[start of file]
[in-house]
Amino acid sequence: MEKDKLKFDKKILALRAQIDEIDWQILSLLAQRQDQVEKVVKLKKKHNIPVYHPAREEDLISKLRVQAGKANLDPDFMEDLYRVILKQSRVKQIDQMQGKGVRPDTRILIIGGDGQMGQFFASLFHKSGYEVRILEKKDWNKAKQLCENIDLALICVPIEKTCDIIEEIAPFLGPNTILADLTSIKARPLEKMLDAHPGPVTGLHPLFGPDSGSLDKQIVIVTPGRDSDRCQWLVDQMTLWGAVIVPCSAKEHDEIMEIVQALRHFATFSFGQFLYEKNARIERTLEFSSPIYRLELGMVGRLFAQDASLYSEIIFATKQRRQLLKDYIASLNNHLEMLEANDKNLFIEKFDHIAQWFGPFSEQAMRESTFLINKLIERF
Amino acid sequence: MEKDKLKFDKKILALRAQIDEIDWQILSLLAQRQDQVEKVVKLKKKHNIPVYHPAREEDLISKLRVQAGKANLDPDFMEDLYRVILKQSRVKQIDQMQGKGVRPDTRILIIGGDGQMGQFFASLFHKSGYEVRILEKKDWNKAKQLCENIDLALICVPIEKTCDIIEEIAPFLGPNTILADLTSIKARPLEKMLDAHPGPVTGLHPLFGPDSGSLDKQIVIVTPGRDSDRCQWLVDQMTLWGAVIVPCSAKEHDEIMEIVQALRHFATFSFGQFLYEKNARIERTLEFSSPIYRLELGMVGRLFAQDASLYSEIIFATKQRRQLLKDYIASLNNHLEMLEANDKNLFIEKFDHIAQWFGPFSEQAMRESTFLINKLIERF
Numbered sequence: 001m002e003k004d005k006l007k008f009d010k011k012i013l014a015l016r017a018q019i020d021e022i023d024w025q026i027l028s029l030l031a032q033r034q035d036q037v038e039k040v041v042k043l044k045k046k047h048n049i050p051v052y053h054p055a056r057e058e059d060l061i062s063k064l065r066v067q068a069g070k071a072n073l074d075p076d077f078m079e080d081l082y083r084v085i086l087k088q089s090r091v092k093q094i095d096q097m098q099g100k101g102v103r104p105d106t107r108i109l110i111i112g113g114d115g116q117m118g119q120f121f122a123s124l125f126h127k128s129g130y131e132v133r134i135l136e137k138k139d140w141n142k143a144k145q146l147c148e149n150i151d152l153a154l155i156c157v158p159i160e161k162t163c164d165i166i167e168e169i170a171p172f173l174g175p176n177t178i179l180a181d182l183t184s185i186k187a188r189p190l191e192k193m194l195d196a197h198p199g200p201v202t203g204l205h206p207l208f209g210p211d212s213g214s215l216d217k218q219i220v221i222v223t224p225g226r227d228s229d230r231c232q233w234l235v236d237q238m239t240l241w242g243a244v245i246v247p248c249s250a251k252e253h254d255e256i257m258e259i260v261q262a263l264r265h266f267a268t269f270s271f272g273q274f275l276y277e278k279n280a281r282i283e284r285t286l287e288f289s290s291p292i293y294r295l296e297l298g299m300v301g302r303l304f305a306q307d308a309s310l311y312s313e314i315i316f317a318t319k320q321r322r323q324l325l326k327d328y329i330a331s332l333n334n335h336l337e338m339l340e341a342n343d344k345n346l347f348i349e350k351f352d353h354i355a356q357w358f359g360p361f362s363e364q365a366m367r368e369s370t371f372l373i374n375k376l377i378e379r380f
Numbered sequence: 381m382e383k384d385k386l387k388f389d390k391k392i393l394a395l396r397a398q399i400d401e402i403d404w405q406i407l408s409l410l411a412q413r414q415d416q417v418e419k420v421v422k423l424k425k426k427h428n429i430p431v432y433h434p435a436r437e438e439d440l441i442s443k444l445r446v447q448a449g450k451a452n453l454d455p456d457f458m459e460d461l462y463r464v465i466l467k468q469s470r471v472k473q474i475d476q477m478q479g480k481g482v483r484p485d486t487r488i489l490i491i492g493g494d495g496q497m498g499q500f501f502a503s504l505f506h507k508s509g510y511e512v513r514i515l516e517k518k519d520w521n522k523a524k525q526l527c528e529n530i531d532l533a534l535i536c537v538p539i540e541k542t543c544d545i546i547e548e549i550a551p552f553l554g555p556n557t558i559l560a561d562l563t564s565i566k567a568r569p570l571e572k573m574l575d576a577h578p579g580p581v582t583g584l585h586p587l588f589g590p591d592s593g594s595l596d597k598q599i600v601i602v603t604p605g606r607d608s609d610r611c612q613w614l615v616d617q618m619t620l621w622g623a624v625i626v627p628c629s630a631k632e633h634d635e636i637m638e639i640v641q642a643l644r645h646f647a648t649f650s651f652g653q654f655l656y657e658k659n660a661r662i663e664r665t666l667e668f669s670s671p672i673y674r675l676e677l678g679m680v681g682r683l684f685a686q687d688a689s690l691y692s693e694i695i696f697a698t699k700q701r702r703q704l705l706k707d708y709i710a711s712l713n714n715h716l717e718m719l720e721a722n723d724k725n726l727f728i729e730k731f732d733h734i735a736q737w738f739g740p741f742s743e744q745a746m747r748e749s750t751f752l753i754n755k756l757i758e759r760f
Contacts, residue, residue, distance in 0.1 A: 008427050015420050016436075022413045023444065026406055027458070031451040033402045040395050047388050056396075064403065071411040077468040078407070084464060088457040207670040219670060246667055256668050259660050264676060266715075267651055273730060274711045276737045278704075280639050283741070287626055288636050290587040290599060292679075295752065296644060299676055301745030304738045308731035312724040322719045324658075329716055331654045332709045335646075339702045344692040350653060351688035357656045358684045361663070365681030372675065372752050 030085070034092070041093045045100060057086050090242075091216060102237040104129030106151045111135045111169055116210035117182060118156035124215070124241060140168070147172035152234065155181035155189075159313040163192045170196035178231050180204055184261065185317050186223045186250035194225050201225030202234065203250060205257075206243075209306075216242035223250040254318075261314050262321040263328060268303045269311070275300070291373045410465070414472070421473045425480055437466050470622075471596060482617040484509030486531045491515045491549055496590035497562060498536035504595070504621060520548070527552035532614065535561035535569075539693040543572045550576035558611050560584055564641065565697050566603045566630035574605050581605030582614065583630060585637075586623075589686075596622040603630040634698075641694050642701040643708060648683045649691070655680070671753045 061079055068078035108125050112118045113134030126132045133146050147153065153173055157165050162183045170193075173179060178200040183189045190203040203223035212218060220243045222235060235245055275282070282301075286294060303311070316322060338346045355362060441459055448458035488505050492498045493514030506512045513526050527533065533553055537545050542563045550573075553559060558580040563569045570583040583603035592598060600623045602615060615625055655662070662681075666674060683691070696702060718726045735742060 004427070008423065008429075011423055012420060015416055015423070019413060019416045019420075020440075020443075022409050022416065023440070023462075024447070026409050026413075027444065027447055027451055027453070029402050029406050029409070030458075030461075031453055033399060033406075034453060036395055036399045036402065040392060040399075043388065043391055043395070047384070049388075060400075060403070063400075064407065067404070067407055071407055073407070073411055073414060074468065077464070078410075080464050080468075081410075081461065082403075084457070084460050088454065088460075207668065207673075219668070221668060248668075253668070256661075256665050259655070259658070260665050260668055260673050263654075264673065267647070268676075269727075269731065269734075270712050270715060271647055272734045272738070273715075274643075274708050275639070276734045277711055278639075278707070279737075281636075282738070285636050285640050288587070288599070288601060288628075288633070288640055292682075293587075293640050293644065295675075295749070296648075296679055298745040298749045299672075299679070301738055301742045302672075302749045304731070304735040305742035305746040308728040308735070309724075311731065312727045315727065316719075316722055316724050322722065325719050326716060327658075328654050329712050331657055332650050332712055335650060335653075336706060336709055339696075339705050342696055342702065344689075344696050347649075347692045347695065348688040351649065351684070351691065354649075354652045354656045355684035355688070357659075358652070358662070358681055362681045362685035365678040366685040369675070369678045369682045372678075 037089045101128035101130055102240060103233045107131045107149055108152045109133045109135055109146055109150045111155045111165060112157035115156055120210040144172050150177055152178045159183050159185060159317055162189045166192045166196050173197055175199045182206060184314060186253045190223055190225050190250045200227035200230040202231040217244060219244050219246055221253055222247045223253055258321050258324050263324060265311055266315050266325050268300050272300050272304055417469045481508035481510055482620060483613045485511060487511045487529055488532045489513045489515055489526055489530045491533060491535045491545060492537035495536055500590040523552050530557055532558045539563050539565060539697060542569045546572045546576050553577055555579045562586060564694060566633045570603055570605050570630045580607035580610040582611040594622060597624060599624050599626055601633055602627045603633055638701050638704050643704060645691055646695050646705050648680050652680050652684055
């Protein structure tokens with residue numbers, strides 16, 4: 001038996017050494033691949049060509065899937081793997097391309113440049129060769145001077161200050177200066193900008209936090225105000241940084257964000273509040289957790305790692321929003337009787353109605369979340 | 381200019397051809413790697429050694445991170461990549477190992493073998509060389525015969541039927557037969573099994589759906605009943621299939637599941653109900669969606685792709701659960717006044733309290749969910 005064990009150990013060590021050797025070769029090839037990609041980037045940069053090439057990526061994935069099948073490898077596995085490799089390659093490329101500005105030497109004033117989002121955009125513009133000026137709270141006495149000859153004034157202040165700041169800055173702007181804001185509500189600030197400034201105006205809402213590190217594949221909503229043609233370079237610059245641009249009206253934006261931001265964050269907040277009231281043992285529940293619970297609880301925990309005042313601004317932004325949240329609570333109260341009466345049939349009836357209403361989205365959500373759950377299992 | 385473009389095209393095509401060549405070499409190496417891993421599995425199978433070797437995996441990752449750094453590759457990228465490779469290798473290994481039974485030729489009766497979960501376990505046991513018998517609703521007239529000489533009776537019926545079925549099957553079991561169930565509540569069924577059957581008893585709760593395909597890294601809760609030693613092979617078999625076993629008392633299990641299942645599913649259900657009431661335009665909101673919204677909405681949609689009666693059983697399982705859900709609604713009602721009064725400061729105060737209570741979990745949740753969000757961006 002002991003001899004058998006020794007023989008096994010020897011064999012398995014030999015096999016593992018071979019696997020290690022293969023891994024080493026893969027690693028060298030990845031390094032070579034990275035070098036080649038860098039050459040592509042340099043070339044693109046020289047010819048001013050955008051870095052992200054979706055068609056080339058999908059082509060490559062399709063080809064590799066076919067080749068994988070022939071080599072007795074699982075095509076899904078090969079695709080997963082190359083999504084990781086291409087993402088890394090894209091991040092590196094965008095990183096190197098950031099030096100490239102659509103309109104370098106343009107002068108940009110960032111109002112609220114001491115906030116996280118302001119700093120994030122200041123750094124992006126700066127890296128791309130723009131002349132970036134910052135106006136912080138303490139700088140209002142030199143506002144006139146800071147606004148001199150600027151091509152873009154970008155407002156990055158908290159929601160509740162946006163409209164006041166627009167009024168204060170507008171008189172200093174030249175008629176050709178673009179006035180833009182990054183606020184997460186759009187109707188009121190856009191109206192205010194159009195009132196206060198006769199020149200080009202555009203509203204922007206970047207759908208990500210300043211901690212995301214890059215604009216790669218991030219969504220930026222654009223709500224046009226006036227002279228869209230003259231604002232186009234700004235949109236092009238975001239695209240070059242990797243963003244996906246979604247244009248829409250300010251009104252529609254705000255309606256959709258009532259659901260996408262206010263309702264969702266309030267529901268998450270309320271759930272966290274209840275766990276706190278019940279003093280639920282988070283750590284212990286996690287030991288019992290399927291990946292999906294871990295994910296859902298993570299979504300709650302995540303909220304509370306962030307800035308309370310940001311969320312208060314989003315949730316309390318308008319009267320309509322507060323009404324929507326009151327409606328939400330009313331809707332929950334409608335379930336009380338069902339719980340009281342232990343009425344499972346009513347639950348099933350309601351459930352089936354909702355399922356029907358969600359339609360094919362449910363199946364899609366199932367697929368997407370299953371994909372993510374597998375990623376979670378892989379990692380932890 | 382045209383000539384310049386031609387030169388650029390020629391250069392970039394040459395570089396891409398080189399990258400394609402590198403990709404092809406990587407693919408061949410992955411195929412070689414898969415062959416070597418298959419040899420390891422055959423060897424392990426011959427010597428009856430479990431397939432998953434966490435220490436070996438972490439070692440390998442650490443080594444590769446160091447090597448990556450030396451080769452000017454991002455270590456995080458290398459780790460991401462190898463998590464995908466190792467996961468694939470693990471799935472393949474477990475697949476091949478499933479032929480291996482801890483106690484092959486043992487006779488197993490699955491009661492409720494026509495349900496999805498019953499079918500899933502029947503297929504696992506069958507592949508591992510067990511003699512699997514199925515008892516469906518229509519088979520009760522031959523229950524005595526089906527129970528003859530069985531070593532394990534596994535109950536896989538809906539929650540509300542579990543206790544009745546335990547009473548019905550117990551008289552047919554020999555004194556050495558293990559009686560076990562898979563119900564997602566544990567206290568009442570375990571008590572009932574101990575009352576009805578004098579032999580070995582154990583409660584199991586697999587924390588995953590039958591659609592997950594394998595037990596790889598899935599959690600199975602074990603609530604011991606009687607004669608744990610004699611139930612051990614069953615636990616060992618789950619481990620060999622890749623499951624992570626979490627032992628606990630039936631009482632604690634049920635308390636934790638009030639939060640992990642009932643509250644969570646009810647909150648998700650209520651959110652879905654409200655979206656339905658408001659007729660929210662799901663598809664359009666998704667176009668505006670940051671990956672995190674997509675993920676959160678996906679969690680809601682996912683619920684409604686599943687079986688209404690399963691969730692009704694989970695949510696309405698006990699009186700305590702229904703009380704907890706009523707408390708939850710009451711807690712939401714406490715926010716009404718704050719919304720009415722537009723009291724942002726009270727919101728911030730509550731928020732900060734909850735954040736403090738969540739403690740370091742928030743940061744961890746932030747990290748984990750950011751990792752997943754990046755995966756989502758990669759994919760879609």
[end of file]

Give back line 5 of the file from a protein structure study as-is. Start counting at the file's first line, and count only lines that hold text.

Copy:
Numbered sequence: 381m382e383k384d385k386l387k388f389d390k391k392i393l394a395l396r397a398q399i400d401e402i403d404w405q406i407l408s409l410l411a412q413r414q415d416q417v418e419k420v421v422k423l424k425k426k427h428n429i430p431v432y433h434p435a436r437e438e439d440l441i442s443k444l445r446v447q448a449g450k451a452n453l454d455p456d457f458m459e460d461l462y463r464v465i466l467k468q469s470r471v472k473q474i475d476q477m478q479g480k481g482v483r484p485d486t487r488i489l490i491i492g493g494d495g496q497m498g499q500f501f502a503s504l505f506h507k508s509g510y511e512v513r514i515l516e517k518k519d520w521n522k523a524k525q526l527c528e529n530i531d532l533a534l535i536c537v538p539i540e541k542t543c544d545i546i547e548e549i550a551p552f553l554g555p556n557t558i559l560a561d562l563t564s565i566k567a568r569p570l571e572k573m574l575d576a577h578p579g580p581v582t583g584l585h586p587l588f589g590p591d592s593g594s595l596d597k598q599i600v601i602v603t604p605g606r607d608s609d610r611c612q613w614l615v616d617q618m619t620l621w622g623a624v625i626v627p628c629s630a631k632e633h634d635e636i637m638e639i640v641q642a643l644r645h646f647a648t649f650s651f652g653q654f655l656y657e658k659n660a661r662i663e664r665t666l667e668f669s670s671p672i673y674r675l676e677l678g679m680v681g682r683l684f685a686q687d688a689s690l691y692s693e694i695i696f697a698t699k700q701r702r703q704l705l706k707d708y709i710a711s712l713n714n715h716l717e718m719l720e721a722n723d724k725n726l727f728i729e730k731f732d733h734i735a736q737w738f739g740p741f742s743e744q745a746m747r748e749s750t751f752l753i754n755k756l757i758e759r760f